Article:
-Interview- Free Mace (7/17/22)

Free Mace talks about their new music, the current Pop Punk scene and much more.


Sounds like: Pop Punk
From: Florida

1. How did you get started with music and how did you develop your sound? Who thought of the name "Free Mace" and is there any meaning behind it?

I got started with music around 10 years old I started getting into guitar. I was heavily influenced by the 80s hair bands and the Warped Tour bands. I later got into producing and sound engineering which expanded my influences to electronic music and hip-hop. I was around reggae a majority of my life growing up in South Florida but didn’t start to really listen to what they were saying until I was 15-16 years old. I contribute my sound to all of the diverse cultural and music influences that thrive in Florida.

I came up with the name Free Mace initially as an Instagram handle because it was a pretty badass title. The main premise was that my first name is Mason and it fit because I was a pretty free dude. There’s a freemason aspect to it too which reflects in a lot of our music talking about establishment, hidden agendas, and the manipulation of society. After playing shows for a bit as Free Mace I started to notice that some people would think I’m saying “free base” and so I started to think about that as well. So I started promoting the use of herbs and natural remedies rather than a dependence on pharmaceuticals and synthesized drugs.

2. What do you want people to take away from your music?

Ultimately, I want to increase awareness and peoples’ perception. I want people to start thinking about consciousness and to build understanding outside of politics and media. To be able to think freely and not be subjugated by expectations. Many lyrics I write have alternative meanings based on context and the listener’s perception. It’s for them to decide what they take away from it and I’m open to it all.

3. How would you describe your sound to the average listener?

I used to always tell people we’re like Sublime meets Motley Crue and that felt right at the time. Our sound was a lot like old school Sublime but our attitude and demeanor was more like Motley Crue. Now, it’s hard to say because we have closed the doors for our reggae and ska side and have opened up more doors with our pop-punk vibes. I would describe it as like Fall Out Boy’s old stuff with maybe some early Dance Gavin Dance guitar technicalities. I’m not completely sure yet, but I know people are going to dig the new sound.

4. Who are three bands you’d like to tour with?

Just narrowing it down to three I would have to pick A Day to Remember because they’re a Florida local band and we gotta represent the state. Definitely my dudes in Human Error that are making noise out in the punk scene of St Petersburg, Florida. My third pick would probably be Less Than Jake because those guys just seem cool to kick it with on the road (and they’re from Florida).

5. How has Covid affected what you do?

Covid definitely halted some of the bigger moves we were going to make, like travelling out of state, but for the most part it wasn’t the worst thing ever. We were lucky to have the opportunity to still perform in state (regardless what people thought) and grab brews out and about. You could definitely see that the turnout to shows was limited at the time. We spent a lot of time recording music and preparing for post-Covid opportunities.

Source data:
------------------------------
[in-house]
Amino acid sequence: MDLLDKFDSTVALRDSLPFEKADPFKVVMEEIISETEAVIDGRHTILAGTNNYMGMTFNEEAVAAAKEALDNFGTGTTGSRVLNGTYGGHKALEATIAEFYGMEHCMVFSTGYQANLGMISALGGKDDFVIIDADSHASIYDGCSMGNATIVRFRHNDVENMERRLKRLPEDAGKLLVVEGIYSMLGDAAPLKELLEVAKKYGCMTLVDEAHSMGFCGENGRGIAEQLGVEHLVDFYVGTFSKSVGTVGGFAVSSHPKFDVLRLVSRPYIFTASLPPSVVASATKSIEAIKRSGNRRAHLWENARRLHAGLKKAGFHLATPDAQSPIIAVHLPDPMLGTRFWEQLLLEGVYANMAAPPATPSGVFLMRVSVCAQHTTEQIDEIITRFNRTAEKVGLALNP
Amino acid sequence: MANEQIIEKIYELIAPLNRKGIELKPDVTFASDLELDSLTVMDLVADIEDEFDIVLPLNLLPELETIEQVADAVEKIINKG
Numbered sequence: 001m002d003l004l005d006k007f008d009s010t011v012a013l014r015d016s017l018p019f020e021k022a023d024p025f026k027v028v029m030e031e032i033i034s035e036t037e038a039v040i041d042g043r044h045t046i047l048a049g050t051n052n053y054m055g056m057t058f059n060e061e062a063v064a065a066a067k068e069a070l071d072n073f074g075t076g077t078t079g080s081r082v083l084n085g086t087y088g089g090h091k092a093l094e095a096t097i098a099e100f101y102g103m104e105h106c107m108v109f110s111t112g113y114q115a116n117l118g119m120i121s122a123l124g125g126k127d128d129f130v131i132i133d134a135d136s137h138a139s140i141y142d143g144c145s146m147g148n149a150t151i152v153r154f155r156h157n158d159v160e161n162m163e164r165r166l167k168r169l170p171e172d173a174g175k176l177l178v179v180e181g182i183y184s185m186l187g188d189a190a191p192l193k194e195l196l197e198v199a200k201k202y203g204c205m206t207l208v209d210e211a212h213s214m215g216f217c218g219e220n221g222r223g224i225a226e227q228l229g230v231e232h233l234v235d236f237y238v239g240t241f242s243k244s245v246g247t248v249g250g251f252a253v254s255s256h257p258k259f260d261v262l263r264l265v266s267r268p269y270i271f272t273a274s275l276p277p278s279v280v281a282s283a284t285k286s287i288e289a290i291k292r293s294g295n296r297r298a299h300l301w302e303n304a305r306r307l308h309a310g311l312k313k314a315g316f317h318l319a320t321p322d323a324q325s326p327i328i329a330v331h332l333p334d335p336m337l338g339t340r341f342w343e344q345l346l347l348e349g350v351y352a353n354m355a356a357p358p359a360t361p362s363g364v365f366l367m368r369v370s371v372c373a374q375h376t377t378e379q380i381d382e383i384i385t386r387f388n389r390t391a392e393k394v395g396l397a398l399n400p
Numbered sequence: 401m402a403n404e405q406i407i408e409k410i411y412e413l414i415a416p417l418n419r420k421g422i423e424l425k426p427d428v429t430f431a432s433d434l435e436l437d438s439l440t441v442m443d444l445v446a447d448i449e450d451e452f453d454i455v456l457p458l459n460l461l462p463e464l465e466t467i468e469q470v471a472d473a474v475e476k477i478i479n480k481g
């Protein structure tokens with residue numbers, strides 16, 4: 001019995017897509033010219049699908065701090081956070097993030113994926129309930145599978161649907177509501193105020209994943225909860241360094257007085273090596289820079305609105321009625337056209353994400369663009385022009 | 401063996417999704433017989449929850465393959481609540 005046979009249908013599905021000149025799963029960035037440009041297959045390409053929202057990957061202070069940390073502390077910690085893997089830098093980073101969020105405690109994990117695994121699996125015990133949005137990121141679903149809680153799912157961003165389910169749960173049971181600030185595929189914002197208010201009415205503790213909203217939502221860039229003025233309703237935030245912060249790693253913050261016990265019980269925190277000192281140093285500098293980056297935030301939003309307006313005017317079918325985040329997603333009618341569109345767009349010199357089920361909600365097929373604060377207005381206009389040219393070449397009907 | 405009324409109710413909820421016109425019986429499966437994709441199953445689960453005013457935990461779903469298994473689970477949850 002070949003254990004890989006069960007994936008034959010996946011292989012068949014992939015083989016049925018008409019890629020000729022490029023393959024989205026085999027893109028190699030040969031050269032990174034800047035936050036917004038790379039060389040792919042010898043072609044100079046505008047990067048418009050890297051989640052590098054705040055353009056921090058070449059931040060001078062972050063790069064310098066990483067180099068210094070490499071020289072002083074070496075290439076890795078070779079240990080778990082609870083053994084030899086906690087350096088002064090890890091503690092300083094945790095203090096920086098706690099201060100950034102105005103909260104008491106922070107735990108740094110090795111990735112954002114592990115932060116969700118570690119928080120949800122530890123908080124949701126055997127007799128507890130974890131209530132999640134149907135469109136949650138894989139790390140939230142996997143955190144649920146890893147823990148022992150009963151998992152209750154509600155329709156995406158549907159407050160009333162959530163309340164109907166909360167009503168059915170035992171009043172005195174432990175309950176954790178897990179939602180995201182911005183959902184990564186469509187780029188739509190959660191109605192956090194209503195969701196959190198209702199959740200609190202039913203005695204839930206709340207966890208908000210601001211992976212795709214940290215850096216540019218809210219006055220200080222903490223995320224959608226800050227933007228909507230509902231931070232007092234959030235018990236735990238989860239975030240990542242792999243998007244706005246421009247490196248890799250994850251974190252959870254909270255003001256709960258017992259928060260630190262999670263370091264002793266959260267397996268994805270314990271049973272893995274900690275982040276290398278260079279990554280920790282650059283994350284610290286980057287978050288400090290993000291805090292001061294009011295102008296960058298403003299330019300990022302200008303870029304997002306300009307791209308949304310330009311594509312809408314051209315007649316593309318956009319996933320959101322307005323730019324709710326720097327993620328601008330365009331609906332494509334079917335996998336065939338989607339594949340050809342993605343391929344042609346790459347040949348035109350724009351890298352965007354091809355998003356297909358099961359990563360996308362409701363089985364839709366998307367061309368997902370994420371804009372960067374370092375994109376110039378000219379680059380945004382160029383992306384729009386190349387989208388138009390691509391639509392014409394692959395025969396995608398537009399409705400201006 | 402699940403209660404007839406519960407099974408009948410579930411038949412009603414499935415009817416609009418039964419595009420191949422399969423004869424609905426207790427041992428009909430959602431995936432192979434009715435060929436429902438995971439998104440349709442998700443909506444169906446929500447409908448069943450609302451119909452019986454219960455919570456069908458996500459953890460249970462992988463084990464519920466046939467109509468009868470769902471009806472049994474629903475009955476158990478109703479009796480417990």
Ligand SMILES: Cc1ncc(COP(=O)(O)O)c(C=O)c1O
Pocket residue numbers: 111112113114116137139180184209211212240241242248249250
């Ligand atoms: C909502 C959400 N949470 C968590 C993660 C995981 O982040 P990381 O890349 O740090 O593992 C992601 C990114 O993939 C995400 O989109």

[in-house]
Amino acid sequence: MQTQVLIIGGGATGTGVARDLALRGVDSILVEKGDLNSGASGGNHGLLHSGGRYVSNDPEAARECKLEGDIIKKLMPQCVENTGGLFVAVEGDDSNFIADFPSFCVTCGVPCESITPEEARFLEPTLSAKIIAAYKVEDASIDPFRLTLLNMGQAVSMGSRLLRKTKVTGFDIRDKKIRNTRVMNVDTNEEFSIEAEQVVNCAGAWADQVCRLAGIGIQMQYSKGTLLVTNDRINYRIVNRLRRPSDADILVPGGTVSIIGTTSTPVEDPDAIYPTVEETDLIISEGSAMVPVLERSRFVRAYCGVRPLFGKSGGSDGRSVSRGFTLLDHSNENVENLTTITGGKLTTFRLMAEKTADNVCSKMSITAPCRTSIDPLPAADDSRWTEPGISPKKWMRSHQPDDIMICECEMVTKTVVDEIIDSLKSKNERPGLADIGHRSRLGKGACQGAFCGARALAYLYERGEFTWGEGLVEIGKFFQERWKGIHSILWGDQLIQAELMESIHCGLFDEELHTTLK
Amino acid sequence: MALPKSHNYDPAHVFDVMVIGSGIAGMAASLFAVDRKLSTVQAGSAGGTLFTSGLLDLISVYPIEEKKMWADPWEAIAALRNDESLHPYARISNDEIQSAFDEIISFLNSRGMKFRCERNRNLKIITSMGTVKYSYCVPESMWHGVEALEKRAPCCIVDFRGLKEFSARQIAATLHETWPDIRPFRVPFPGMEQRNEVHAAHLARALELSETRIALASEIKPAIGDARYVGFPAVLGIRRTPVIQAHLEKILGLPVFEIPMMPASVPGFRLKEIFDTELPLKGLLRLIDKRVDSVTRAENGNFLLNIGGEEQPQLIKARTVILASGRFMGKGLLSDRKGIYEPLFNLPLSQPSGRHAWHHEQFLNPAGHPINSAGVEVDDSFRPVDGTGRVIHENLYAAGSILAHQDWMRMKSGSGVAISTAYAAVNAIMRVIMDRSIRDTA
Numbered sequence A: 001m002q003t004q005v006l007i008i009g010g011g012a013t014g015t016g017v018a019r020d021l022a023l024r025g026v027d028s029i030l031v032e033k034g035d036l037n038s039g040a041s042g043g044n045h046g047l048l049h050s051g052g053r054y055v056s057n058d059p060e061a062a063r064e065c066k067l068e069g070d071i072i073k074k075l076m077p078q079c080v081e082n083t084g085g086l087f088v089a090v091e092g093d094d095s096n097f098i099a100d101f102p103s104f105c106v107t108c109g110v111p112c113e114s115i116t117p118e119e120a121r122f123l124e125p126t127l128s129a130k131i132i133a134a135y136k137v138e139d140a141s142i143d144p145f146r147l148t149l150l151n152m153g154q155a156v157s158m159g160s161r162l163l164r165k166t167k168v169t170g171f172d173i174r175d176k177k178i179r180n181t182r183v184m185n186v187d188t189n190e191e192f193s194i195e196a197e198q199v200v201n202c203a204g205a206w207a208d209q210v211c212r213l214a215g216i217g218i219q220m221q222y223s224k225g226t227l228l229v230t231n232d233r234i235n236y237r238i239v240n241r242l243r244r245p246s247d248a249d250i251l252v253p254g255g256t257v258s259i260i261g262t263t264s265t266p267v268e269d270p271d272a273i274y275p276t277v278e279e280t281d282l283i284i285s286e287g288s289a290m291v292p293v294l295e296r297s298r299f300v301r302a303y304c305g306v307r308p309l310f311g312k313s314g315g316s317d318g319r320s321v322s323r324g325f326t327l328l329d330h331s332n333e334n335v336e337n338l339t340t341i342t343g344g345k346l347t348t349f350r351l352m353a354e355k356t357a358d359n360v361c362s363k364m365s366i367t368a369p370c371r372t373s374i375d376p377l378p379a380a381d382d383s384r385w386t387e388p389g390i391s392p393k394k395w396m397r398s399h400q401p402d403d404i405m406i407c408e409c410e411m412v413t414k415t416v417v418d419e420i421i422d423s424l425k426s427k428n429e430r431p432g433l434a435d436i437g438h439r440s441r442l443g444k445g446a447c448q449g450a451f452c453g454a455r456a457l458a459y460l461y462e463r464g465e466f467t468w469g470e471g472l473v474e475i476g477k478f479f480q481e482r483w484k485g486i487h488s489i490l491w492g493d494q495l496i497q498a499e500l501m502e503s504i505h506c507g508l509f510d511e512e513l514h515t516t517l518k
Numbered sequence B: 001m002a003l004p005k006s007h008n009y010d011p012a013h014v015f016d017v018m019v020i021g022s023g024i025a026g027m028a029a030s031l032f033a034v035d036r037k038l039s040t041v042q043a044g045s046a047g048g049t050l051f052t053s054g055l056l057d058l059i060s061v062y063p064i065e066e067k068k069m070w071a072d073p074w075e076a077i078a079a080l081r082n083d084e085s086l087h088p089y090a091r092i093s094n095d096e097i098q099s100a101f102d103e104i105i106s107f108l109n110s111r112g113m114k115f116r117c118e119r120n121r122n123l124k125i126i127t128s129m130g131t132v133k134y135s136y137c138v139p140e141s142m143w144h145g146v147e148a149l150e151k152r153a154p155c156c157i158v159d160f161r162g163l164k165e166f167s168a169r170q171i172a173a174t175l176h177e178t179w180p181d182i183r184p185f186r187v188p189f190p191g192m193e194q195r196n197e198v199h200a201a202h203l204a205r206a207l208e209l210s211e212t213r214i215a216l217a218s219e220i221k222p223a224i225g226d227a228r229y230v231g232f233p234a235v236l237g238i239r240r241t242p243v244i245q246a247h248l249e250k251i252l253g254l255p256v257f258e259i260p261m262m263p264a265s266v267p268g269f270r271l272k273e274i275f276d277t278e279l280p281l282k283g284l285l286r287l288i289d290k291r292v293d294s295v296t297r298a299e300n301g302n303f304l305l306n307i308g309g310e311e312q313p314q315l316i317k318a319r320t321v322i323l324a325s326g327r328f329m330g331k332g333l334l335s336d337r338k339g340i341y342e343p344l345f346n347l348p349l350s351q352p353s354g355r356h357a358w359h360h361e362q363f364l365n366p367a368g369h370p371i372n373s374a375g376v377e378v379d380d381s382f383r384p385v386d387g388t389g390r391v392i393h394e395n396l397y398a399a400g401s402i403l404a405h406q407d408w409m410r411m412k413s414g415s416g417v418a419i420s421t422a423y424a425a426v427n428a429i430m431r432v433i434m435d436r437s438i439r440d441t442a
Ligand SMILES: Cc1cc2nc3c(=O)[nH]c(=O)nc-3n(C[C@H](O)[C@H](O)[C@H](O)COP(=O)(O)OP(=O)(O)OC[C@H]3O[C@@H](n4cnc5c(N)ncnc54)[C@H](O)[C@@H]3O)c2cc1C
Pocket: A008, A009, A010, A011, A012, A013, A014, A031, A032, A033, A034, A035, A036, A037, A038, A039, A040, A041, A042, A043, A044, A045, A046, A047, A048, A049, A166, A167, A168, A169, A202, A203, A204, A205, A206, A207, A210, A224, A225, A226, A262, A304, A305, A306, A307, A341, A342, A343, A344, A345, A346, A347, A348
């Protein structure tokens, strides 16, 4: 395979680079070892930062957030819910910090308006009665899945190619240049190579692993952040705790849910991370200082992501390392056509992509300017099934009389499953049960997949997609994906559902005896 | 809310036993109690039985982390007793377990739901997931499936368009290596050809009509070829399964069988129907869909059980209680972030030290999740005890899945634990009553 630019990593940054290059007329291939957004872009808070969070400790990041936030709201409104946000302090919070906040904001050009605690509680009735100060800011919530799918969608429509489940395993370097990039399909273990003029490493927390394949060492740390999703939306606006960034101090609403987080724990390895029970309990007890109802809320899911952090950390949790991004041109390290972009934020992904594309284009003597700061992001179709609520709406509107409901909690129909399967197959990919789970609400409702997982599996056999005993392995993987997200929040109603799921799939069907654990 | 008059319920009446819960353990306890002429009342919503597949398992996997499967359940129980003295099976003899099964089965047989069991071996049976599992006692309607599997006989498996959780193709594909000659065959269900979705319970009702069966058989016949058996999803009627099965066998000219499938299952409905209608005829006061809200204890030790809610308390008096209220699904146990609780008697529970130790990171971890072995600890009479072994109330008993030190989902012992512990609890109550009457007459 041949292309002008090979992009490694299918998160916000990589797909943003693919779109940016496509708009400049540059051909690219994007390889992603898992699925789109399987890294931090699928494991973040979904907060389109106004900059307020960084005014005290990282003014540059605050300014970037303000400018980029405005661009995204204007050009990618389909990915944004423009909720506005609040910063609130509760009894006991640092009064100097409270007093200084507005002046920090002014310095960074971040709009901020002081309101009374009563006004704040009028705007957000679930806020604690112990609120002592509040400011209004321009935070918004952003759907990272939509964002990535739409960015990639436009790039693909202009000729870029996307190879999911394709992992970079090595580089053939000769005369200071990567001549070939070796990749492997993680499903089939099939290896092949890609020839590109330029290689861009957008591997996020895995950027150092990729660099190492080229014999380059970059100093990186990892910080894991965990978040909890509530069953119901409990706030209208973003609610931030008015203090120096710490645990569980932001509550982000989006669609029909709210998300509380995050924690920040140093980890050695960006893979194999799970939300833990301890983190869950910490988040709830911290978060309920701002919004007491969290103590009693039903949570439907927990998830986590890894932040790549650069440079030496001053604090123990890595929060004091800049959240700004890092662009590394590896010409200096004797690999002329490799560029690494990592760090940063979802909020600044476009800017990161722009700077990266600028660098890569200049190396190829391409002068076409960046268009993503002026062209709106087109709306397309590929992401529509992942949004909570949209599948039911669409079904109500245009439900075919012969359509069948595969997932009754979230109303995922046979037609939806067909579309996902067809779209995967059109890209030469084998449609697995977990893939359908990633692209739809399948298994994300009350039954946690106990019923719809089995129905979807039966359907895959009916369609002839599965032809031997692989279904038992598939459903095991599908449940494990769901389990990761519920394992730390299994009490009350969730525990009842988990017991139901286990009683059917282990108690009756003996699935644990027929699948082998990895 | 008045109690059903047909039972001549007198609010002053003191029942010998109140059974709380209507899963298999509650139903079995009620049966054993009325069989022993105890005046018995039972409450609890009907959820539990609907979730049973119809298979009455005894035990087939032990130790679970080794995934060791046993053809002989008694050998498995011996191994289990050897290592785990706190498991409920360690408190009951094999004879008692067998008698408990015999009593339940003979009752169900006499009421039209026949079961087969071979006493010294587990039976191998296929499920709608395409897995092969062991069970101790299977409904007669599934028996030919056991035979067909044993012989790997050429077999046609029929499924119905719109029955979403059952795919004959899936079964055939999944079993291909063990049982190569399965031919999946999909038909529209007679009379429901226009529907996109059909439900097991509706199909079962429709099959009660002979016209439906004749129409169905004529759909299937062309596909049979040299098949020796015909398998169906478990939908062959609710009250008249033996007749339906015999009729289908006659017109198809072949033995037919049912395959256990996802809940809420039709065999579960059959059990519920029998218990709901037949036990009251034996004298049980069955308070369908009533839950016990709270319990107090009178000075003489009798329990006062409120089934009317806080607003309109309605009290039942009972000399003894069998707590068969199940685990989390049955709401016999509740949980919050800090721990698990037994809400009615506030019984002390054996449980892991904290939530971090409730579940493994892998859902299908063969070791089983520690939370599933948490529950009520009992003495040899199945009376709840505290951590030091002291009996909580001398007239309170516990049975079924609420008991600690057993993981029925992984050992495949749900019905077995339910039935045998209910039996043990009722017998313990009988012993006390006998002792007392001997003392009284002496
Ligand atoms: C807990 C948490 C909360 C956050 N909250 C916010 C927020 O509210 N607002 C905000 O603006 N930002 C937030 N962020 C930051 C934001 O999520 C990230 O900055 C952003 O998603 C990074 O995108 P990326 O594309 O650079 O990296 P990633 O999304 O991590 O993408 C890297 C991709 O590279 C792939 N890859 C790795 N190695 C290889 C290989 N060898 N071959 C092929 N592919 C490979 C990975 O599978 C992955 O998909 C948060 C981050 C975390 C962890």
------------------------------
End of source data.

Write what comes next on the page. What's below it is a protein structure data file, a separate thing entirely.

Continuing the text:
6. What’s your take on the current state of Pop Punk?

I have mixed feelings about the current state of pop-punk. I really dig the underground side of it and everyone that is hustling to get their music heard and building these communities. I do not enjoy the heavily auto-tunned and 808 hitting side of pop-punk. I dig the use and influence of electronic music in pop-punk, but not when it is the driving factor of the song. I guess I would choose the punk side over the pop side, but I’ll still support it.

7. What’s the current music scene like locally there in Florida?

The music scene of Florida is pretty tight. It’s really been building post-Covid and I’m stoked on it. There is a plethora of styles and genres that are all original and so much culture within that. People got tired of cover music during Covid and the original work has been thriving, in my opinion. There is a growing community of artists, creatives, business owners, and musicians that all support each other and it’s awesome.

8. What’s your take on the royalties that streaming services pay out to artists?

I’m of a split opinion towards royalties and streaming services. I definitely see the need for the services as an independent musician and maximizing accessibility to one’s music. I also see that these artists are being manipulated into giving up their ownership and rights to these services that don’t always have your best interest in mind. By educating yourself, reading your contracts with these services, and by asking questions you can better protect yourself and your music.

9. What's next for Free Mace?

We are releasing a music video Friday 7/22 for our biggest song “Sunday Afternoon” on our YouTube page Free Mace Music. We are working on a new full-length album that will be completely pop-punk and will be our best jams to date (no release date yet). We also anticipate recording and releasing a live studio performance video (possible album) of our new music that’s to be released as well as some old bangers.

10. Any shoutouts?

Shoutout to all the fans and all the fam, thanks for the jams.